A Minnesota program that protects the addresses of victims of intimate partner violence and others with high safety needs has become the latest target in the Republican drumbeat over voter fraud, stalling a proposal at the Capitol that proponents say is needed to ensure the safety of participants.

Changes related to the Safe at Home program, which also includes some judges, prosecutors and law enforcement members who might fear retribution, have typically received bipartisan support, including from some Republican legislators who are now calling for a pause on the legislation.

"[This] is bringing the big lie to a whole other level," said Karla Bigham, DFL-Cottage Grove, whose bill to make changes to the program was held up in a Senate committee this week by Republican objections. "It just was uncalled for, to be blunt, but also unfortunate because this is going to protect victims of domestic abuse."

The program, first established in Minnesota in 2007, helps participants maintain a confidential address and assigns them a private P.O. box that they can use as their legal address. The program acts as a mail forwarding service to a participant's private home address and is managed through the Secretary of State's office.

But Sen. Torrey Westrom, R-Elbow Lake, raised concerns during a committee hearing this week that participants' voter registration is private.

"I've sat in on court arguments of the Secretary of State's office trying to keep general voter data so-called private and out of the hands of other groups trying to offer scrutiny and making sure the voter rolls are accurate," Westrom said. "While the intention of making stuff private is laudable in a narrow, limited way, it seems to be that the concerns I have is maybe the Secretary of State's office is trying to use the statute to hide behind in other cases."

Westrom, who did not respond to a request for comment, offered no specific voter fraud claims against participants in the group but wondered if a third party should be able to authenticate voter data to verify the program is not "a harbor for other voters that nobody would ever know about."

The three-term state senator attended a December presentation by a group called Midwest Swamp Watch, led by Rick Weible, a former small-town mayor who has traveled the state laying out voter fraud claims. In the past, Weible mentioned the Safe at Home program as one of several ways he couldn't connect ballots to registered voters on the public list.

Participants in the program vote absentee, and their registration and address are not listed in Minnesota's public database of voters, which anyone can request for a fee. State residents can ask to keep their addresses off the public voter file.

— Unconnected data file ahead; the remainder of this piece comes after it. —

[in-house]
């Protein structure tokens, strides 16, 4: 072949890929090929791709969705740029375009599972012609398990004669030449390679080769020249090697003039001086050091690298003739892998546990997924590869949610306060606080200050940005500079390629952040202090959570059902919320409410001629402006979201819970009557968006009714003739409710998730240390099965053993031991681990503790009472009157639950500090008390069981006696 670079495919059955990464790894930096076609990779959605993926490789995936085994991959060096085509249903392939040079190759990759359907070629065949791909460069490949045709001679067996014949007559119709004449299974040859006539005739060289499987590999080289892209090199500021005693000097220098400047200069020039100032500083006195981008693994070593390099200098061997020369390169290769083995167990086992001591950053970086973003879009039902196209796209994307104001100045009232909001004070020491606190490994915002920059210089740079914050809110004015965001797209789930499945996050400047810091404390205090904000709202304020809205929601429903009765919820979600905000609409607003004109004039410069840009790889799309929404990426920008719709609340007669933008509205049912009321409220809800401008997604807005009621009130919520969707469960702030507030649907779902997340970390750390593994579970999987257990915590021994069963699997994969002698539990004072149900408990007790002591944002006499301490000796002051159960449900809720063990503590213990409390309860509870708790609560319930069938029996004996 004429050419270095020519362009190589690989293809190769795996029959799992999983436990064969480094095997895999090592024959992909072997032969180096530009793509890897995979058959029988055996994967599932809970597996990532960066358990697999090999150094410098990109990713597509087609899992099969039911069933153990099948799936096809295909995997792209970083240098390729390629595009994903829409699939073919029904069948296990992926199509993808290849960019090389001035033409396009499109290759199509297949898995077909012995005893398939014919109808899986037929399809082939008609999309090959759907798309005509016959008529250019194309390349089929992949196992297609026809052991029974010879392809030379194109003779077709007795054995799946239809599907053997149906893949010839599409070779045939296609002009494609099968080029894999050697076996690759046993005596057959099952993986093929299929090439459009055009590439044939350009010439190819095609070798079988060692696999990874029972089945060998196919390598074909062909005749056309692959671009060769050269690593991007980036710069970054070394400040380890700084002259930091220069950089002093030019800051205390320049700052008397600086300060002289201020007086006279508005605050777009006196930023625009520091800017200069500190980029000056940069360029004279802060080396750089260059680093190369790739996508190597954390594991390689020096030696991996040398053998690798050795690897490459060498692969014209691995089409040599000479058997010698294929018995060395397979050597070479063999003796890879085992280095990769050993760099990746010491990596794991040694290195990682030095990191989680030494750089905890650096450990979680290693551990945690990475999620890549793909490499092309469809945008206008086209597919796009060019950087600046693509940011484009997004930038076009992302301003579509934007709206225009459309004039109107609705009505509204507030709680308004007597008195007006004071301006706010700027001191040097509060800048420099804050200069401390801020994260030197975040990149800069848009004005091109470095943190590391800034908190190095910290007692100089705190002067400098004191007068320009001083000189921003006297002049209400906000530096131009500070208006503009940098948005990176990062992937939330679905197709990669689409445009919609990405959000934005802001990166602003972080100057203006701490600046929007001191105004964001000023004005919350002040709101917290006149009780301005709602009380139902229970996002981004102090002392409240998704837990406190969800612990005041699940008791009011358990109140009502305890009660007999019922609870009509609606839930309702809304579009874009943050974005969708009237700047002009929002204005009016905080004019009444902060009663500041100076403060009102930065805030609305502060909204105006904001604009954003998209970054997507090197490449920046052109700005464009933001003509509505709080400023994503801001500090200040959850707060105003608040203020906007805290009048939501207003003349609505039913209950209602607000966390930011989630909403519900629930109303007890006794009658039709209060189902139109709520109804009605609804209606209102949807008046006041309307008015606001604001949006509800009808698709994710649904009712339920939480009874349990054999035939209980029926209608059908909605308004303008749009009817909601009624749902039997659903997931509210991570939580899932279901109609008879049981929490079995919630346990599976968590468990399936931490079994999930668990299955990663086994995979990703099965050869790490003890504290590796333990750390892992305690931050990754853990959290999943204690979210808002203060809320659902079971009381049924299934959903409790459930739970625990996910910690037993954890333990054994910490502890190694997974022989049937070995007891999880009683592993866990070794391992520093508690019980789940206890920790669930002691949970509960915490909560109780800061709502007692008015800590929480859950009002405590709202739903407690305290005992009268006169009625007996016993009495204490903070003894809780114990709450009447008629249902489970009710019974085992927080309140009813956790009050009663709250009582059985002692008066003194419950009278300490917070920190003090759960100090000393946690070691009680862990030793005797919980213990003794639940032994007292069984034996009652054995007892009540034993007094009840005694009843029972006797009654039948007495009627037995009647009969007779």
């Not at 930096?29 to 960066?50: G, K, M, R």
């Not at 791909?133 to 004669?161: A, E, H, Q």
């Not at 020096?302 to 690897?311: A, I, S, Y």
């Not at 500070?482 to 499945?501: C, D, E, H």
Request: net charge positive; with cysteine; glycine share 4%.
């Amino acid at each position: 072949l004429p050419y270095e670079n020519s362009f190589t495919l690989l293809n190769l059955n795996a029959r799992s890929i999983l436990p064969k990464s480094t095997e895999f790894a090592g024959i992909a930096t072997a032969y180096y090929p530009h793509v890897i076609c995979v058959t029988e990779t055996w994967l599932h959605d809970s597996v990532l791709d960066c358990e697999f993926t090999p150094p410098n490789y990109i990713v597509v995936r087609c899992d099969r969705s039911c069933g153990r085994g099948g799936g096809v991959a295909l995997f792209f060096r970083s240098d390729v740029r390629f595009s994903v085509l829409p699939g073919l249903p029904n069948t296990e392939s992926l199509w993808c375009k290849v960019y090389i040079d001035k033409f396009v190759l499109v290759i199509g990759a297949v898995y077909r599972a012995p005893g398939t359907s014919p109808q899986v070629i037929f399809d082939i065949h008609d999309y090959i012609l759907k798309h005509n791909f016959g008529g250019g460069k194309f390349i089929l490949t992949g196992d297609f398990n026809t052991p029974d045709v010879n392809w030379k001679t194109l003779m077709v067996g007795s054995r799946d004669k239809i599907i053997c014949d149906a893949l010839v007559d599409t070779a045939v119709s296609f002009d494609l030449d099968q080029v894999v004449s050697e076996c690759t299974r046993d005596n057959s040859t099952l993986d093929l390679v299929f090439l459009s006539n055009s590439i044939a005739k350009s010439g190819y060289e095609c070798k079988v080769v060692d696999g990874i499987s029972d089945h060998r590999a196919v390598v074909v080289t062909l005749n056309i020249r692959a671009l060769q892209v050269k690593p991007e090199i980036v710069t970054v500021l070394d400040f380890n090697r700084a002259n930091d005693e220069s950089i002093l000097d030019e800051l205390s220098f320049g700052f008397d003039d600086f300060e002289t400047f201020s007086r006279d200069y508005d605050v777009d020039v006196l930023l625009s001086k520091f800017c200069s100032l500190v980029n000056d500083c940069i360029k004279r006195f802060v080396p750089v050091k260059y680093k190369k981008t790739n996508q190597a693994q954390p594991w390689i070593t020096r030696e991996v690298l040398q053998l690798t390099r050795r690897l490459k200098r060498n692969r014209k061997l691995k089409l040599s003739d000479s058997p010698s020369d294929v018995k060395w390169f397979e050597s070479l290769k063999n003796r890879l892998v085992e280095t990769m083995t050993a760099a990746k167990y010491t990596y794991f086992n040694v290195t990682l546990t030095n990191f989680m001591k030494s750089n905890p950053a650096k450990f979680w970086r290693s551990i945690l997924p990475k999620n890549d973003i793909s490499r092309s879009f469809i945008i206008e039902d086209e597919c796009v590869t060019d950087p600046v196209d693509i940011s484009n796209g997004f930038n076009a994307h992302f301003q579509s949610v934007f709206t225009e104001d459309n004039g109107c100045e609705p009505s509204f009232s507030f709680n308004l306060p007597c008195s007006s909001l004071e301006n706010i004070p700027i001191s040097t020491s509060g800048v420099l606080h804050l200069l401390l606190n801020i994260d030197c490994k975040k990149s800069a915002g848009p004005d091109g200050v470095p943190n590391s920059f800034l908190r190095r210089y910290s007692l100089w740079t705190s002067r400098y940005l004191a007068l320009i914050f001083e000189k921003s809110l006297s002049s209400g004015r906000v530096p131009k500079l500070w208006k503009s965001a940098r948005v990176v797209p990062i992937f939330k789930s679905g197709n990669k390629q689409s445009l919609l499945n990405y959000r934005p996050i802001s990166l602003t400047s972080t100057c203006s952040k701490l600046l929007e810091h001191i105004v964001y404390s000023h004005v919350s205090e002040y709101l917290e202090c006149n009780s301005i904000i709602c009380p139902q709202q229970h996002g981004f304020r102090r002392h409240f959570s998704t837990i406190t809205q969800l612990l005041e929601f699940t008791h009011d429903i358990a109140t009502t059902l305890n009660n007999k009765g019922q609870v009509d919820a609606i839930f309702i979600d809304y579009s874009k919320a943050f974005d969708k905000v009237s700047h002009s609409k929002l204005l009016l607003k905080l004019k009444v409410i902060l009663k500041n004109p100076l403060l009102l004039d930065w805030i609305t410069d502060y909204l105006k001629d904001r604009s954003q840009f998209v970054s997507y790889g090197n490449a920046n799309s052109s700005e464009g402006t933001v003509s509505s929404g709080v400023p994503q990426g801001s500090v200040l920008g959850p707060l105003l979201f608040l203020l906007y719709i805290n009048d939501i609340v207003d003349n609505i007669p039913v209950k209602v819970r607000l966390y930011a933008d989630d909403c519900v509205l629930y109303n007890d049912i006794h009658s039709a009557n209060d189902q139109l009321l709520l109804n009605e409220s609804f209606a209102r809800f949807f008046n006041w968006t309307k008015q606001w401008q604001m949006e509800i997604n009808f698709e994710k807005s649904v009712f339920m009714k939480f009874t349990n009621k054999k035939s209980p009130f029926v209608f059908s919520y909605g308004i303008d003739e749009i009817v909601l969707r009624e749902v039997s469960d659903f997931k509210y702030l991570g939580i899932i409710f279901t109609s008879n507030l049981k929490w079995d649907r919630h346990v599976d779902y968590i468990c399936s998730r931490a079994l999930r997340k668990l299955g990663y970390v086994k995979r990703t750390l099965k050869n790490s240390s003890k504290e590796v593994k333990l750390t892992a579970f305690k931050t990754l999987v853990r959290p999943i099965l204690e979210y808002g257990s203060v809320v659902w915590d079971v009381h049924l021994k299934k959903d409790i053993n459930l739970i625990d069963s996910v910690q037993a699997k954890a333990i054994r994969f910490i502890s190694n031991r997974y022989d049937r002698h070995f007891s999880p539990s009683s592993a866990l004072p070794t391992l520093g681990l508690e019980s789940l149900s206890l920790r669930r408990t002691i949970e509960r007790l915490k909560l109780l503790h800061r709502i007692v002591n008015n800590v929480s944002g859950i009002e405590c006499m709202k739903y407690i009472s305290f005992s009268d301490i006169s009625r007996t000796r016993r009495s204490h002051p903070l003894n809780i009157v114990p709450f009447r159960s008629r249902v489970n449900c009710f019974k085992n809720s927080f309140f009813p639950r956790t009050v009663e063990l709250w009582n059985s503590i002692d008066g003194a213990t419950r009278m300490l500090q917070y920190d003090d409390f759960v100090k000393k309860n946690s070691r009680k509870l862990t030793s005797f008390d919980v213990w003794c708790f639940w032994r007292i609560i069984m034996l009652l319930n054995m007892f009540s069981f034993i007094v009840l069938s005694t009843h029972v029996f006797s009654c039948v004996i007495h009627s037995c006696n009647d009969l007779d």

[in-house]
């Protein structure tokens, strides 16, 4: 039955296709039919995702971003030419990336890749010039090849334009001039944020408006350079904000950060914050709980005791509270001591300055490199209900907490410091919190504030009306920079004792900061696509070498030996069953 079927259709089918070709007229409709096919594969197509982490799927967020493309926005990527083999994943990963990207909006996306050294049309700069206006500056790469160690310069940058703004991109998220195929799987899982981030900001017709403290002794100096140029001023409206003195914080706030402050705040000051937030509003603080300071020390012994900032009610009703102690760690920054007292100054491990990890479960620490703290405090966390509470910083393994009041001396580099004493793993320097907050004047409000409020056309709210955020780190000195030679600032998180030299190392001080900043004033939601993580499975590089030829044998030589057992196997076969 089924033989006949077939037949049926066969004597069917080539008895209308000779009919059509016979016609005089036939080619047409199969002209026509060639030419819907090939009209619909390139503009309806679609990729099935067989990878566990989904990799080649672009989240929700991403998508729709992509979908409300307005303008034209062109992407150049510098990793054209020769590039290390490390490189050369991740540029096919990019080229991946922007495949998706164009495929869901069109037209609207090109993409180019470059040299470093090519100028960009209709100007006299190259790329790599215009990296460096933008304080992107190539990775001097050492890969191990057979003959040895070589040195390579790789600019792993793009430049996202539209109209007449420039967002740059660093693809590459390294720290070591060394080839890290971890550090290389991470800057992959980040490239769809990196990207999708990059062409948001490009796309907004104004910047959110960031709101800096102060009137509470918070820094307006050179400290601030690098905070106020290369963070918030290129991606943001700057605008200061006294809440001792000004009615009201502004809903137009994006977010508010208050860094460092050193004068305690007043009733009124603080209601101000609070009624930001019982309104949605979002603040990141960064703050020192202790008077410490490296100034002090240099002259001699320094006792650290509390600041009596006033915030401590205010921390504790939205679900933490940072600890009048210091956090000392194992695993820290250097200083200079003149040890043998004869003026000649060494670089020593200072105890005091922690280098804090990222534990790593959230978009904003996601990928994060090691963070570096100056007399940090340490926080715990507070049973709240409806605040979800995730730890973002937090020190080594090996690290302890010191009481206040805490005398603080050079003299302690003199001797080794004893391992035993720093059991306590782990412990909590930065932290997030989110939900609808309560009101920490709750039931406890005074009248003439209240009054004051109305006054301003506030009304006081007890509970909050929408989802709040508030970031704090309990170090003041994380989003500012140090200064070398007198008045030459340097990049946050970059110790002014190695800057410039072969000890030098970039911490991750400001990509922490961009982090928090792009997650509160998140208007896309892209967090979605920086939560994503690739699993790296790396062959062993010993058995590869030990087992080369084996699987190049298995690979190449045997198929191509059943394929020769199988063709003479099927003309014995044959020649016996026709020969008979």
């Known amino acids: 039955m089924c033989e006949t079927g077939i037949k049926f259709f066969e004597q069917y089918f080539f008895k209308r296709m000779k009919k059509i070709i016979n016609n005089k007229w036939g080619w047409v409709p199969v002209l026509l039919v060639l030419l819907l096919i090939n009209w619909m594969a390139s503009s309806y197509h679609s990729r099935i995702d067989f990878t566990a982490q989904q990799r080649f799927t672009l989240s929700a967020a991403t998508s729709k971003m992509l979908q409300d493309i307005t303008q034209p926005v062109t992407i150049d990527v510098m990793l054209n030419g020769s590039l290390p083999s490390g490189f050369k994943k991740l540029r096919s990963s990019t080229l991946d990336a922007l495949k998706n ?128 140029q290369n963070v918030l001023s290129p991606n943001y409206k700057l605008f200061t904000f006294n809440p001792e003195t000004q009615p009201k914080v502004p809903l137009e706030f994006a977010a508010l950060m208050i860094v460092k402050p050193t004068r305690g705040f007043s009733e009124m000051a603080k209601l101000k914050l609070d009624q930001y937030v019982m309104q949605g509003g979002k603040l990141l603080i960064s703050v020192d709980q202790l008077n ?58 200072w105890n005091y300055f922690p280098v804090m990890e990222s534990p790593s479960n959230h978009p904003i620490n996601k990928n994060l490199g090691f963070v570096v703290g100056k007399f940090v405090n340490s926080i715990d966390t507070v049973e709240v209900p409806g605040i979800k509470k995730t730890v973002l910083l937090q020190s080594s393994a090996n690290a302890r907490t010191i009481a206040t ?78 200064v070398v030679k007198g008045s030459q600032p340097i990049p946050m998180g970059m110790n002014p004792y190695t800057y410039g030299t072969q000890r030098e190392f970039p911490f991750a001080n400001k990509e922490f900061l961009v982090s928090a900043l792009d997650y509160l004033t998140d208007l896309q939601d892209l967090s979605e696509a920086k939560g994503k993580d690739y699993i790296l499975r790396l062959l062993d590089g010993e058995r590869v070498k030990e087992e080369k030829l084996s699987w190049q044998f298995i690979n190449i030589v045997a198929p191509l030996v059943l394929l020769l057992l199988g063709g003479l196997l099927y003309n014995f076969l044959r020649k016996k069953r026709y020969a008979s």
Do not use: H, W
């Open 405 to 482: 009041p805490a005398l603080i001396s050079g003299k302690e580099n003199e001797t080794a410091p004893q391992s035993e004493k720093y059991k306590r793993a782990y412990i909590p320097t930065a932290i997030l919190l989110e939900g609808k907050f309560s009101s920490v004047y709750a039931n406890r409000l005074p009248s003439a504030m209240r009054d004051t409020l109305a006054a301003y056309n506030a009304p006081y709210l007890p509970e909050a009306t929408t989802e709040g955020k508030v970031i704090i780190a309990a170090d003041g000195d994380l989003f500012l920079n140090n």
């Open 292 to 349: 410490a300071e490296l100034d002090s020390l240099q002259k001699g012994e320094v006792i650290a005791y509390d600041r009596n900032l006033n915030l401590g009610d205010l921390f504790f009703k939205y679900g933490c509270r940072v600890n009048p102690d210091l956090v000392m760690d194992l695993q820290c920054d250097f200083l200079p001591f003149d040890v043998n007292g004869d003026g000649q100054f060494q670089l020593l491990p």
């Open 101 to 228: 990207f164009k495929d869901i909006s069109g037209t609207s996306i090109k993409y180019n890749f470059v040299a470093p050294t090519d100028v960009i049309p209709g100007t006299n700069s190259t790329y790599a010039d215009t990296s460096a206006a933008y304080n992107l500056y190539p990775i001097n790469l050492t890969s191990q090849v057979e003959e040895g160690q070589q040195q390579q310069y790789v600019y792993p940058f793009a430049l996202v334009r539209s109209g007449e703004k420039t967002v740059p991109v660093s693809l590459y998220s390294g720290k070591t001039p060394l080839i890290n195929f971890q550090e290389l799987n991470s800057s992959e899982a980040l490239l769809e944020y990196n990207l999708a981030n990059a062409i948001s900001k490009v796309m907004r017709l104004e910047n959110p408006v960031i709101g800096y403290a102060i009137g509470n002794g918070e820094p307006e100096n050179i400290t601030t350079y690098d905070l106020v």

Weible says after getting more information about the fewer than 800 people who voted in the program in the last election — and the rigorous requirements to enter Safe at Home — he now believes that it's "nearly impossible for voter fraud to occur" in the program.

"There are so many checks and balances to make sure everything is on the up and up on the program," he said, adding that it's possible Westrom "misinterpreted" his questions about Safe at Home.

Weible said the program must be preserved to protect victims of violence and threats, though he suggested the state could release data to indicate at the precinct level when a vote is cast by someone in the program, without identifying anyone.

"These are people that have been through horrific situations where we've identified that their lives at are stake or potentially even their kids and we must protect these people," he added.

Minnesota's program currently serves nearly 4,000 participants, and 37 other states have similar programs to protect survivors of domestic violence, sexual assault or stalking. Increasingly, members of law enforcement have signed on to protect their private addresses.

The legislation, which Bigham was expecting to head to a Senate floor vote, is now stalled in the Senate Civil Law and Data Practices Policy Committee. The proposal unanimously cleared House committees last year and advocates say the changes have been in the works since 2018.

Dianna Umidon, who has served as director of the Safe at Home program since it started in Minnesota, said the legislation clarifies that landlords cannot post the name and apartment number of a program participant in the building. It also makes sure participants have access to social services while protecting their privacy.

"It does a really good job of balancing the need to ensure that participation information is safe and they are empowered to choose what information is shared, and making the job of government run efficiently and effectively," she said.

The organization Violence Free Minnesota includes more than 90 member programs statewide that advocate for survivors of domestic and sexual violence, many of which help people enroll in the Safe at Home program, Policy Director Katie Kramer said.

"When fleeing an abuser and seeking safety, the Safe at Home program provides huge relief for survivors of violence, and we really believe that the Safe at Home program is needed to protect the constitutional right to vote and to protect the safety of victim-survivors who are fleeing abusive situations," she said.

Voter fraud through Safe at Home has "never come to our attention," Kramer said.

"And honestly, with all the steps that you need to take to participate in the program, it would seem highly unlikely that that would take place."